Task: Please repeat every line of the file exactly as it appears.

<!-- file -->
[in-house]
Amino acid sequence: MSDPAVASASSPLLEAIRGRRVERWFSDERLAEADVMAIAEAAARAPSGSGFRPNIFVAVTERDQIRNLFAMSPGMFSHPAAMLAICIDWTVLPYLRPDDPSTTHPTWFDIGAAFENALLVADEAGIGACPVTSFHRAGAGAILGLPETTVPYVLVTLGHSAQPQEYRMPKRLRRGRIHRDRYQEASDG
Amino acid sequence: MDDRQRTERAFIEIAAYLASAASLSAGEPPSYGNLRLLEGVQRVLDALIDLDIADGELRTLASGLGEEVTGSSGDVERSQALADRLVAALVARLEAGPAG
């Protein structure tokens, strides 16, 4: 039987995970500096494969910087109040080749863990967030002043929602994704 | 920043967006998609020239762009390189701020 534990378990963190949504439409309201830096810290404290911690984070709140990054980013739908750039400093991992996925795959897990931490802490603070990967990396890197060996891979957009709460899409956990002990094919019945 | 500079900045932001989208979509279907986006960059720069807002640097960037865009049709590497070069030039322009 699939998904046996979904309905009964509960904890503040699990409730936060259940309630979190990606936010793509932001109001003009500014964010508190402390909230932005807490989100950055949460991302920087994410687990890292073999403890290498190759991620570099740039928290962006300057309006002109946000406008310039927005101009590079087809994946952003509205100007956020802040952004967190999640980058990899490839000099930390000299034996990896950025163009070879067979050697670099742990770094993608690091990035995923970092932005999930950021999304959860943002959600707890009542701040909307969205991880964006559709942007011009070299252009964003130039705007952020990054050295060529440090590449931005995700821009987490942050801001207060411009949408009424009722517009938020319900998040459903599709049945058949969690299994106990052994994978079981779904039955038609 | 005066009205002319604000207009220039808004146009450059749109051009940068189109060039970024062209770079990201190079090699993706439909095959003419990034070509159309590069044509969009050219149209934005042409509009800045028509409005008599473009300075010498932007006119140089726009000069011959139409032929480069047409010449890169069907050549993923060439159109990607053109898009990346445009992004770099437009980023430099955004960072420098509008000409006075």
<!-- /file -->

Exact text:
[in-house]
Amino acid sequence: MSDPAVASASSPLLEAIRGRRVERWFSDERLAEADVMAIAEAAARAPSGSGFRPNIFVAVTERDQIRNLFAMSPGMFSHPAAMLAICIDWTVLPYLRPDDPSTTHPTWFDIGAAFENALLVADEAGIGACPVTSFHRAGAGAILGLPETTVPYVLVTLGHSAQPQEYRMPKRLRRGRIHRDRYQEASDG
Amino acid sequence: MDDRQRTERAFIEIAAYLASAASLSAGEPPSYGNLRLLEGVQRVLDALIDLDIADGELRTLASGLGEEVTGSSGDVERSQALADRLVAALVARLEAGPAG
């Protein structure tokens, strides 16, 4: 039987995970500096494969910087109040080749863990967030002043929602994704 | 920043967006998609020239762009390189701020 534990378990963190949504439409309201830096810290404290911690984070709140990054980013739908750039400093991992996925795959897990931490802490603070990967990396890197060996891979957009709460899409956990002990094919019945 | 500079900045932001989208979509279907986006960059720069807002640097960037865009049709590497070069030039322009 699939998904046996979904309905009964509960904890503040699990409730936060259940309630979190990606936010793509932001109001003009500014964010508190402390909230932005807490989100950055949460991302920087994410687990890292073999403890290498190759991620570099740039928290962006300057309006002109946000406008310039927005101009590079087809994946952003509205100007956020802040952004967190999640980058990899490839000099930390000299034996990896950025163009070879067979050697670099742990770094993608690091990035995923970092932005999930950021999304959860943002959600707890009542701040909307969205991880964006559709942007011009070299252009964003130039705007952020990054050295060529440090590449931005995700821009987490942050801001207060411009949408009424009722517009938020319900998040459903599709049945058949969690299994106990052994994978079981779904039955038609 | 005066009205002319604000207009220039808004146009450059749109051009940068189109060039970024062209770079990201190079090699993706439909095959003419990034070509159309590069044509969009050219149209934005042409509009800045028509409005008599473009300075010498932007006119140089726009000069011959139409032929480069047409010449890169069907050549993923060439159109990607053109898009990346445009992004770099437009980023430099955004960072420098509008000409006075």